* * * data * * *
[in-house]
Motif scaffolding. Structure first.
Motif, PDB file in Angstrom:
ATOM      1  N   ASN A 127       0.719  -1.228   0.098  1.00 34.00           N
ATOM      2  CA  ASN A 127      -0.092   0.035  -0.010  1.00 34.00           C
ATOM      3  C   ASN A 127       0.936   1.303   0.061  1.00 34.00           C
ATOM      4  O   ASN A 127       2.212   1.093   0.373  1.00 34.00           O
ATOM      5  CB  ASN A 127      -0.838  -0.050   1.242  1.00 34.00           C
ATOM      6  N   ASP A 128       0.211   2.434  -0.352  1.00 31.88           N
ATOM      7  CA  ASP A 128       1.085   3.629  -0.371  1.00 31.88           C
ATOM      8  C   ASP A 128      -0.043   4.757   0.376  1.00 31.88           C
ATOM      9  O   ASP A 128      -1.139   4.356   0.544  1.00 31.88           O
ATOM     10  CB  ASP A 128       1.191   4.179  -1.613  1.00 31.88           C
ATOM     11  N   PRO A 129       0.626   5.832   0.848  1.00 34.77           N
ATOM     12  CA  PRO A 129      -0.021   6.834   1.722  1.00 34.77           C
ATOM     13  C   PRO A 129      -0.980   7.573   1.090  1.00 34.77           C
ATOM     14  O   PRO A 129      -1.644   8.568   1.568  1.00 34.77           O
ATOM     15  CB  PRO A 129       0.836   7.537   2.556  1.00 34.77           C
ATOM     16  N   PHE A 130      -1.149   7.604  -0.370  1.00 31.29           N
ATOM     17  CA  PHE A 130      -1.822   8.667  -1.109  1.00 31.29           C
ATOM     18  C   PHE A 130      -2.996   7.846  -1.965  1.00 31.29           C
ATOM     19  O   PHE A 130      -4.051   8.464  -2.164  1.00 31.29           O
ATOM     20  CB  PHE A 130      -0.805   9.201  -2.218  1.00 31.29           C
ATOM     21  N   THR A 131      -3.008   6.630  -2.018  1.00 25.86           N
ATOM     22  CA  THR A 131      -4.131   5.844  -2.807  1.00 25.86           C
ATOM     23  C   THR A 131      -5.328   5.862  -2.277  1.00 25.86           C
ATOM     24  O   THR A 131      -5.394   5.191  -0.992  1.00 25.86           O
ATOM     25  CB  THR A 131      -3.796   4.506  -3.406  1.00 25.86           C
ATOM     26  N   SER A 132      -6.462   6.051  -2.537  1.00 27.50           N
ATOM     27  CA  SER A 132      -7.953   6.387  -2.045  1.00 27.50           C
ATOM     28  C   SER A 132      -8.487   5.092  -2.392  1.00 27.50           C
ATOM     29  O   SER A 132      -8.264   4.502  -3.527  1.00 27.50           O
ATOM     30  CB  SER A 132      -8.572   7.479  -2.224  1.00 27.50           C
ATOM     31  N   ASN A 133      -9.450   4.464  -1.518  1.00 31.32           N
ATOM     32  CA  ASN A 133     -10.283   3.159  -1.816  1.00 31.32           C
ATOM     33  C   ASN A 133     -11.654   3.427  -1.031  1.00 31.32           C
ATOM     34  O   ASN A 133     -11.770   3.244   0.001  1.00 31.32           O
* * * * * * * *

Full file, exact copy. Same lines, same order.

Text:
[in-house]
Motif scaffolding. Structure first.
Motif, PDB file in Angstrom:
ATOM      1  N   ASN A 127       0.719  -1.228   0.098  1.00 34.00           N
ATOM      2  CA  ASN A 127      -0.092   0.035  -0.010  1.00 34.00           C
ATOM      3  C   ASN A 127       0.936   1.303   0.061  1.00 34.00           C
ATOM      4  O   ASN A 127       2.212   1.093   0.373  1.00 34.00           O
ATOM      5  CB  ASN A 127      -0.838  -0.050   1.242  1.00 34.00           C
ATOM      6  N   ASP A 128       0.211   2.434  -0.352  1.00 31.88           N
ATOM      7  CA  ASP A 128       1.085   3.629  -0.371  1.00 31.88           C
ATOM      8  C   ASP A 128      -0.043   4.757   0.376  1.00 31.88           C
ATOM      9  O   ASP A 128      -1.139   4.356   0.544  1.00 31.88           O
ATOM     10  CB  ASP A 128       1.191   4.179  -1.613  1.00 31.88           C
ATOM     11  N   PRO A 129       0.626   5.832   0.848  1.00 34.77           N
ATOM     12  CA  PRO A 129      -0.021   6.834   1.722  1.00 34.77           C
ATOM     13  C   PRO A 129      -0.980   7.573   1.090  1.00 34.77           C
ATOM     14  O   PRO A 129      -1.644   8.568   1.568  1.00 34.77           O
ATOM     15  CB  PRO A 129       0.836   7.537   2.556  1.00 34.77           C
ATOM     16  N   PHE A 130      -1.149   7.604  -0.370  1.00 31.29           N
ATOM     17  CA  PHE A 130      -1.822   8.667  -1.109  1.00 31.29           C
ATOM     18  C   PHE A 130      -2.996   7.846  -1.965  1.00 31.29           C
ATOM     19  O   PHE A 130      -4.051   8.464  -2.164  1.00 31.29           O
ATOM     20  CB  PHE A 130      -0.805   9.201  -2.218  1.00 31.29           C
ATOM     21  N   THR A 131      -3.008   6.630  -2.018  1.00 25.86           N
ATOM     22  CA  THR A 131      -4.131   5.844  -2.807  1.00 25.86           C
ATOM     23  C   THR A 131      -5.328   5.862  -2.277  1.00 25.86           C
ATOM     24  O   THR A 131      -5.394   5.191  -0.992  1.00 25.86           O
ATOM     25  CB  THR A 131      -3.796   4.506  -3.406  1.00 25.86           C
ATOM     26  N   SER A 132      -6.462   6.051  -2.537  1.00 27.50           N
ATOM     27  CA  SER A 132      -7.953   6.387  -2.045  1.00 27.50           C
ATOM     28  C   SER A 132      -8.487   5.092  -2.392  1.00 27.50           C
ATOM     29  O   SER A 132      -8.264   4.502  -3.527  1.00 27.50           O
ATOM     30  CB  SER A 132      -8.572   7.479  -2.224  1.00 27.50           C
ATOM     31  N   ASN A 133      -9.450   4.464  -1.518  1.00 31.32           N
ATOM     32  CA  ASN A 133     -10.283   3.159  -1.816  1.00 31.32           C
ATOM     33  C   ASN A 133     -11.654   3.427  -1.031  1.00 31.32           C
ATOM     34  O   ASN A 133     -11.770   3.244   0.001  1.00 31.32           O